Inside Out, Personal, reflictive, relentless journey, Uncategorized


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Though one of the coldest we have had in years, nearly every day last winter I found myself hiking among the barren trees in a park near our home. Up I would climb along that carefully crafted trail, each time stopping at the very same bench. Worrying less about stopping my physical momentum and more about keeping the momentum of an expectant heart, I would sit. It was less a season of bitterness and despair, and more a season of hope. I would listen to the sounds of the trees and the dead leaves as they glided over the mountain, across the path and down into the valley. I would breathe in the cold air as my hands would find warmth in the pocket of my winter coat. I would look out to landscape that seemed lifeless. It felt familiar. Secure. A landscape that was made to embrace a current truth while holding on the hope of what lay under that frozen ground.

I don’t claim to hear clearly from God often, but these days, last winter, were different. “Spring is coming.” It seemed so clear.


As I poured over the pages of “Every Bitter Thing Is Sweet” by Sara Hagerty I found a story that, though I wouldn’t choose to relate to if I had the choice, spoke so gently words of strength, perseverance, and hope. The eternal kind. That kind that can only be found in Jesus. But it wasn’t without brutal moments of vulnerability and honesty through a journey that we could all likely relate to. Sara is a true fellow traveler. And though you may not be encountering the kind of barrenness that literally leaves a womb empty, living long enough will produce the kind of winter where the frozen ground exists long after that flowers have bloomed.

“A satisfied soul loathes the honeycomb, but to a hungry soul every bitter thing is sweet.”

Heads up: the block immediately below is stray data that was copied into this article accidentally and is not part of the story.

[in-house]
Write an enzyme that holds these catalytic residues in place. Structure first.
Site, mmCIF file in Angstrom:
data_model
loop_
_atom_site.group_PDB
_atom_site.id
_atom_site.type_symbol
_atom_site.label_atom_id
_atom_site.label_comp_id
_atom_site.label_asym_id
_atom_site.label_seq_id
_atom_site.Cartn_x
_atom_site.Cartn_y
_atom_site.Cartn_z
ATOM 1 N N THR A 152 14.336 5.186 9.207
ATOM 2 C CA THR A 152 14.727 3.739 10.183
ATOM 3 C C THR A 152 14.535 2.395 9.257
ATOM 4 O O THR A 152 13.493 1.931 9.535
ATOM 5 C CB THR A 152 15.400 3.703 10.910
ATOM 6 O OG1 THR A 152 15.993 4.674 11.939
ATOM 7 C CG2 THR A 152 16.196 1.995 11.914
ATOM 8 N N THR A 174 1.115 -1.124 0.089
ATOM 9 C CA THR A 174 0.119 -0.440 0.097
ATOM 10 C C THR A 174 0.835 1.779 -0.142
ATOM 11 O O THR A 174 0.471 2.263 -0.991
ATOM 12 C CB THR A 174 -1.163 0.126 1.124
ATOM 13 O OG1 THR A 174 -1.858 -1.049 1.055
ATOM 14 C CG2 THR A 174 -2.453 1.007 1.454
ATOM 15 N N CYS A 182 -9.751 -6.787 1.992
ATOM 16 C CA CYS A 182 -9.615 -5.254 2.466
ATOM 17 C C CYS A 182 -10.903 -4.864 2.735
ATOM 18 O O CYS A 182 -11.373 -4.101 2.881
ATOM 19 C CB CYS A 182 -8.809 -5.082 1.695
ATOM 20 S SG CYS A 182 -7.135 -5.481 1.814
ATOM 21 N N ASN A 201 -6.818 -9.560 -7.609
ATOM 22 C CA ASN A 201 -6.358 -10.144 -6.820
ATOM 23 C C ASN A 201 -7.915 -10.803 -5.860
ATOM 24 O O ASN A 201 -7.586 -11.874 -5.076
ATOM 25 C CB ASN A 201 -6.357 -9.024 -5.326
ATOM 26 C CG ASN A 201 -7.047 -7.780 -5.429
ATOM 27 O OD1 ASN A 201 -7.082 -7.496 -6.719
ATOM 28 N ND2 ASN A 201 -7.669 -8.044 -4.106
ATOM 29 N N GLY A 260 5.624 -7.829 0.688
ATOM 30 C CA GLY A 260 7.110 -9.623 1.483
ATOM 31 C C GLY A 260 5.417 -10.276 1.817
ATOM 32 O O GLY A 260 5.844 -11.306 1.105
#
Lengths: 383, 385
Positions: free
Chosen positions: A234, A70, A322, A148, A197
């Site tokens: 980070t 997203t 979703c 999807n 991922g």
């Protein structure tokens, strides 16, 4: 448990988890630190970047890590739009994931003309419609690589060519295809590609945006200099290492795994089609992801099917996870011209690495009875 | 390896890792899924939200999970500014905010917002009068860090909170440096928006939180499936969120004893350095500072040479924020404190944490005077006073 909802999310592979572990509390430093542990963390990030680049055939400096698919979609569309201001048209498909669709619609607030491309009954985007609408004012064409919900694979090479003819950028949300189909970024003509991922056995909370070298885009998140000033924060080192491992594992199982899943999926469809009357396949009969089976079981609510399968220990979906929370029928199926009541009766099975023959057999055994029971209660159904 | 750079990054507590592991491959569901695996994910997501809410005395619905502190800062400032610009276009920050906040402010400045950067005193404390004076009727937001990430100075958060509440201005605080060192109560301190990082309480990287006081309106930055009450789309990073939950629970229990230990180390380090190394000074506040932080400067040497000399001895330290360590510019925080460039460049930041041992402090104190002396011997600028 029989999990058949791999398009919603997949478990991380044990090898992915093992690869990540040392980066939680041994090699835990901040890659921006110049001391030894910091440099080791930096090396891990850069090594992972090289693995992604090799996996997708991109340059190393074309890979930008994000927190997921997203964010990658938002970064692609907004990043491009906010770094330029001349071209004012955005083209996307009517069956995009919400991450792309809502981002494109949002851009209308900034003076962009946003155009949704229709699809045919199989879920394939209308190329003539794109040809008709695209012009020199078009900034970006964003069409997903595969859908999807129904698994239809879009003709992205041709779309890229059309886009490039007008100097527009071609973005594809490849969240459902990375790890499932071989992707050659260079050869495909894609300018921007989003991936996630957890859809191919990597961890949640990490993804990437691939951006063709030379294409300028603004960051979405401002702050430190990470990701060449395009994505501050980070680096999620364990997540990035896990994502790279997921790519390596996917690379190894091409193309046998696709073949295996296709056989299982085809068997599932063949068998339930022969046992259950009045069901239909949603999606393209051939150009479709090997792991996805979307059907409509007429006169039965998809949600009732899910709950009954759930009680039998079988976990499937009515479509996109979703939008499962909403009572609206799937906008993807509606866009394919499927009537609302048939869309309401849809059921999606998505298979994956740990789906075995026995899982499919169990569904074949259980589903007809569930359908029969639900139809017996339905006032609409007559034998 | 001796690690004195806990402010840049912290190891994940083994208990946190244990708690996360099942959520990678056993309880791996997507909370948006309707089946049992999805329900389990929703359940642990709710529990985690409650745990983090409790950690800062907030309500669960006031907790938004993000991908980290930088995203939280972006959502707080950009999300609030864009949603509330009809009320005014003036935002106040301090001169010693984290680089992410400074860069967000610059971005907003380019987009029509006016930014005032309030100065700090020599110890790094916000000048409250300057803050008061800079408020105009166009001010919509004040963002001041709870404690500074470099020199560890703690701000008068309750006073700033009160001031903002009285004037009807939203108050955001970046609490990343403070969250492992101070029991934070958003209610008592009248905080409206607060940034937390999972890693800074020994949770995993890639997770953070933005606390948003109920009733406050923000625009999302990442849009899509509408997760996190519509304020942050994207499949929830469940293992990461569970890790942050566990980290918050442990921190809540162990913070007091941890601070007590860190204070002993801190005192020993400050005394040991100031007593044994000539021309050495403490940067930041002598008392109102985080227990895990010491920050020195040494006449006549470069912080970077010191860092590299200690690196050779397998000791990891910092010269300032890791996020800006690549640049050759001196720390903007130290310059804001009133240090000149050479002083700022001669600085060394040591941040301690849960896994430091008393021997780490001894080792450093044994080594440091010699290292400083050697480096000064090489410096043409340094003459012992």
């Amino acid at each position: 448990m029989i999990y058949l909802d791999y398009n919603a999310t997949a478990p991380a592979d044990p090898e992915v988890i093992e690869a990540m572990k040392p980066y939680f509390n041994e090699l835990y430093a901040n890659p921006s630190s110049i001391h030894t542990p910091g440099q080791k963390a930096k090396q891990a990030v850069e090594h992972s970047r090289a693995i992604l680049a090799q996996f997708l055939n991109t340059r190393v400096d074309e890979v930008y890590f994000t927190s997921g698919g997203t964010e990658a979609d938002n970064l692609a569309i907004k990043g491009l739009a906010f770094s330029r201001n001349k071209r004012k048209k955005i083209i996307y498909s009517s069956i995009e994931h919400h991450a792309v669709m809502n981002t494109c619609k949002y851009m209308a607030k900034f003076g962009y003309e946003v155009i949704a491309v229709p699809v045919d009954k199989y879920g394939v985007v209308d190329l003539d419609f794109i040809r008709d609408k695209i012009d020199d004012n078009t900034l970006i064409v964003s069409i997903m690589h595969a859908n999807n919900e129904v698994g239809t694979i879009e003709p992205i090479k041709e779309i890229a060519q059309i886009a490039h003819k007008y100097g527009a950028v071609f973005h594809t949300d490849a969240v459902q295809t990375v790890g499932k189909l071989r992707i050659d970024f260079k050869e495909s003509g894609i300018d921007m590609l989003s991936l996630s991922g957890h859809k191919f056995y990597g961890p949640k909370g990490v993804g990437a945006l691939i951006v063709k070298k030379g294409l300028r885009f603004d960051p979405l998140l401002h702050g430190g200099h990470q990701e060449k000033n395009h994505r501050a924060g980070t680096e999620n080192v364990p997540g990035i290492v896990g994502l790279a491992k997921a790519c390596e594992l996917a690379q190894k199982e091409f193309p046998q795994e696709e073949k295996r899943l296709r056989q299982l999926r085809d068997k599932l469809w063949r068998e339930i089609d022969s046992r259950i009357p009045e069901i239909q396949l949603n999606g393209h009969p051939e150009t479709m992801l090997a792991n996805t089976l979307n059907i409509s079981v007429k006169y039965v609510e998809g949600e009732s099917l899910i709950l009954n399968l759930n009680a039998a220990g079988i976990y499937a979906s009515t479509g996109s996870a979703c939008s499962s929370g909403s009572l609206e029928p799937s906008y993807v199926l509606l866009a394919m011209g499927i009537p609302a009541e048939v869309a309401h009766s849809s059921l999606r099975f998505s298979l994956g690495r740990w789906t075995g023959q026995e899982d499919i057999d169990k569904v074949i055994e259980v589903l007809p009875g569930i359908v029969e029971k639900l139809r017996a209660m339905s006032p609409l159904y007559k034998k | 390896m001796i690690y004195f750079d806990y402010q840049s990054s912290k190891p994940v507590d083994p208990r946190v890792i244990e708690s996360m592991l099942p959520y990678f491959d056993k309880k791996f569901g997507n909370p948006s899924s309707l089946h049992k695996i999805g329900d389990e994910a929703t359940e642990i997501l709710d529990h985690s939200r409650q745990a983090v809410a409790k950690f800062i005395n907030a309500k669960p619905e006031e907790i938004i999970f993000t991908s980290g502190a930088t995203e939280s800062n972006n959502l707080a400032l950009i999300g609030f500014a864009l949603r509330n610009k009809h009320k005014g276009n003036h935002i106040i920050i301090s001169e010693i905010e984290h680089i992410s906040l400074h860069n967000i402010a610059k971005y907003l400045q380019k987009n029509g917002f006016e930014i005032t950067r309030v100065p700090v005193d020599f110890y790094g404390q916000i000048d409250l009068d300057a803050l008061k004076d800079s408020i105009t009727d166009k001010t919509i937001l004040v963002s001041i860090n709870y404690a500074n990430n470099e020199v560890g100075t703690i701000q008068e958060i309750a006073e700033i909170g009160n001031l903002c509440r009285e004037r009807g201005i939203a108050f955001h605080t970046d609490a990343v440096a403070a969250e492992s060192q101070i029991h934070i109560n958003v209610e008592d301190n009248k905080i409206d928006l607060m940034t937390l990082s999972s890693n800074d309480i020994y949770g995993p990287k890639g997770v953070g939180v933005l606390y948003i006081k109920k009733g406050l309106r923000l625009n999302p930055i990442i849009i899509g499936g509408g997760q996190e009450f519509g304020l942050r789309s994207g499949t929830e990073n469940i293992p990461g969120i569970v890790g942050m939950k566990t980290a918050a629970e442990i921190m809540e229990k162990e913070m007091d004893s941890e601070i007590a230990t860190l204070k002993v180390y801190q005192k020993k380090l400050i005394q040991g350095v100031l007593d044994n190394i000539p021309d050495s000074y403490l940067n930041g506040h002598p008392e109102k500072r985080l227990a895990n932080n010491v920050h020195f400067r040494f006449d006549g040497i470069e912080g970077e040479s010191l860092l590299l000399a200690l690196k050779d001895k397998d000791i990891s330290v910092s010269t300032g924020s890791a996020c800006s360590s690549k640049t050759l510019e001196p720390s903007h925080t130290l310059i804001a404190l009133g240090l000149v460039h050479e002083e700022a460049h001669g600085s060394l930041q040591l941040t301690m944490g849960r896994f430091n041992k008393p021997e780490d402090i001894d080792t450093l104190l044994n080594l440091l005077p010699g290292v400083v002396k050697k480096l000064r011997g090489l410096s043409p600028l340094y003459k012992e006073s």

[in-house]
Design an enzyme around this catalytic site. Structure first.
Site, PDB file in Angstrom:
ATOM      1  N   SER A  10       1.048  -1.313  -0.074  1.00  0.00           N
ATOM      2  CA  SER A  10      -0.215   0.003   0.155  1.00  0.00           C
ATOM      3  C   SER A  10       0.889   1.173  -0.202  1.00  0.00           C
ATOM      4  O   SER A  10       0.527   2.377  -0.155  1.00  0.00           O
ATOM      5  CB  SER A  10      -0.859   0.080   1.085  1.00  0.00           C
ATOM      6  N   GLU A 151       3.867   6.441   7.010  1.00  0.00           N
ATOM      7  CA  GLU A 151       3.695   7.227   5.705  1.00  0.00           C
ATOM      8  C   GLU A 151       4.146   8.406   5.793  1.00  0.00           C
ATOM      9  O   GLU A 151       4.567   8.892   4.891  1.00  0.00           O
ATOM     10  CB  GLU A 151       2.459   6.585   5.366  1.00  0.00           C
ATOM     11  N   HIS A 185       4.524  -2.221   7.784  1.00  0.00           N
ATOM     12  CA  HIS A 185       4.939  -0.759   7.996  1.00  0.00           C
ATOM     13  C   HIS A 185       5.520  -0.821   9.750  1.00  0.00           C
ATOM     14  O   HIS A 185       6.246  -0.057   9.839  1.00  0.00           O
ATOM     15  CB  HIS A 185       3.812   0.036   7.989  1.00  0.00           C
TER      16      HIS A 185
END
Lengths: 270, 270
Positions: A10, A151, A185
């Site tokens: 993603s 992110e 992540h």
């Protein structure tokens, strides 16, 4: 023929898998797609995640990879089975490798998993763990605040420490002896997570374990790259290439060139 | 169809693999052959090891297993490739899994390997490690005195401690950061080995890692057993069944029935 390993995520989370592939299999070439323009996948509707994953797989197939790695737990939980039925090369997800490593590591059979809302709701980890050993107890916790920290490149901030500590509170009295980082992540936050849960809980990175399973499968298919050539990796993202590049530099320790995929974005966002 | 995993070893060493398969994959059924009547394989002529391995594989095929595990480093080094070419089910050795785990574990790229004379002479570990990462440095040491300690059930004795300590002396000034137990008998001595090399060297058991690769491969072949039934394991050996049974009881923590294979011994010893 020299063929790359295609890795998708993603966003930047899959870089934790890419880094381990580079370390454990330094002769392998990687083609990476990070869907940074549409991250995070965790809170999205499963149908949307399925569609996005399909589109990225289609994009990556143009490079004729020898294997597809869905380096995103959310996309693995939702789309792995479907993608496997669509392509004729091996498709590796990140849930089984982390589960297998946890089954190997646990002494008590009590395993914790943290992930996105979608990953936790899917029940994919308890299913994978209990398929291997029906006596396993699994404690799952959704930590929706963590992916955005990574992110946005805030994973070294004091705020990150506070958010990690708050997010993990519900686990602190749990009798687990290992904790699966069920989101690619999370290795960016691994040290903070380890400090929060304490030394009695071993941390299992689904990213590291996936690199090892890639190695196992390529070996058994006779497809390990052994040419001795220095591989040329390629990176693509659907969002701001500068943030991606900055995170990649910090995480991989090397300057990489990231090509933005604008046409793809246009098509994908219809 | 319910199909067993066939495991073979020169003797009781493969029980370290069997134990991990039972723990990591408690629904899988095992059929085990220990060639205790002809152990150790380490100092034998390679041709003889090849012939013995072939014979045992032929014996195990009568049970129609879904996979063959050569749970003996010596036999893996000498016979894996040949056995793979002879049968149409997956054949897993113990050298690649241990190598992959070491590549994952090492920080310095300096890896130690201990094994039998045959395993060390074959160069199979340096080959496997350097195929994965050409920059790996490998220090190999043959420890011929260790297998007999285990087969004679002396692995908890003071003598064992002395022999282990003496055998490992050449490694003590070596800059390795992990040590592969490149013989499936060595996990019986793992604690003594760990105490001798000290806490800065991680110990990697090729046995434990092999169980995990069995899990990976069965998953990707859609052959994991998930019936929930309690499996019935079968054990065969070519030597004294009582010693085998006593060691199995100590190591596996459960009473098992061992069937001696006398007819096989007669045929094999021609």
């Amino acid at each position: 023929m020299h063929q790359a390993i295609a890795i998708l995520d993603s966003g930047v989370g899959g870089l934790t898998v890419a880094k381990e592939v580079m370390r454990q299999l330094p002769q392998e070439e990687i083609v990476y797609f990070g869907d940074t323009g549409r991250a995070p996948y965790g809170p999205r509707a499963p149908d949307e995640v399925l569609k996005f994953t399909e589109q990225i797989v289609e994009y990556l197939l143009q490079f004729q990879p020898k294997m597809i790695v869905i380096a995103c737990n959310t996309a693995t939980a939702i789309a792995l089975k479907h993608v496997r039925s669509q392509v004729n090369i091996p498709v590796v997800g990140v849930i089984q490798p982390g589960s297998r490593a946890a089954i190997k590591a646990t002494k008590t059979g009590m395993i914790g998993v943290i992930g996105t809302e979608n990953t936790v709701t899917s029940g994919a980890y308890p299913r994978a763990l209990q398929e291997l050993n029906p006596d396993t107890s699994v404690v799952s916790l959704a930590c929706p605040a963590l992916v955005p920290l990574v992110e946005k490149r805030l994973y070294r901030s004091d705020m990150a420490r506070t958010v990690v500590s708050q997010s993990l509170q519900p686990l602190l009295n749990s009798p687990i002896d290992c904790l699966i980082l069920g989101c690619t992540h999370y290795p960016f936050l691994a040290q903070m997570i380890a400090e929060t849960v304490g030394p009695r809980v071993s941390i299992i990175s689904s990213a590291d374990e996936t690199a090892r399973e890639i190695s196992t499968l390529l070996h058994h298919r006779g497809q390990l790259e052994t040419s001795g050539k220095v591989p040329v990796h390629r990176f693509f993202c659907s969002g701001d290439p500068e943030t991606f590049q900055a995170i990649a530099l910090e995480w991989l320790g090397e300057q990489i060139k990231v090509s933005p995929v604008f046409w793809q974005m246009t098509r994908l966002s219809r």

Part of me wants to share every underlined, ah-ha, soul enriching moment of the book, but that’s not the point. After all, I underlined more than I left blank. You need to read this for yourself. But this line, it is as beautifully poetic as it is ironic. And it’s how, as Christians, we live much of our lives. We spend it striving, reaching, achieving and moving on to the next. We think the last thing has built us and the next thing will fix us, all the while missing the One who created us and wants us above all else.

I journeyed through this book, much of it in tears, gripping to her story. Oh the power of our story. I felt a kindred spirit in these pages. The kind where I would find myself saying, “me too.” The kind that made me realize that our prayers are answered, even if delayed, or perhaps not on this side of heaven. It made me ask, “even if, would I still love God?”  The kind where if we aren’t paying attention, we just may miss what God is speaking. The kind where, even on the hardest of days, He is near. He knows us, and He loves us. The kind where in our seeking there is finding, but it may not be in our timing. I hate that one.

I ran across a quote today whose timing seemed too impeccable to share.

Beloved, God’s promises can never fail to be accomplished, and those who patiently wait can never be disappointed, for a believing faith leads to realization. – Lettie B. Cowman

If you’re a Bible believing Christian you have said a thousand times that His work has already been finished. And it has! But we are running these races. Some of which paths we choose and many of which we don’t. As many of which that cause pain and confusion. But as Sara so graciously writes, we find God in the bitter. For every bitter thing is sweet

I wish I could tell you that spring did indeed come. In one sense it did. The ground thawed and the flowers bloomed. I’ve sensed God in ways I haven’t before. But my spring, the way I desire it, has remained much the way I did sitting atop that mountain that I was sure was to come to pass.

No matter the journey you are on, I believe you can relate to this book. Sara shares her life in an honest way that will leave you challenged and yet hopeful. I know these words have marked my soul. Thank you Sara for the sharing your story.

You can purchase her book here. You won’t be disappointed.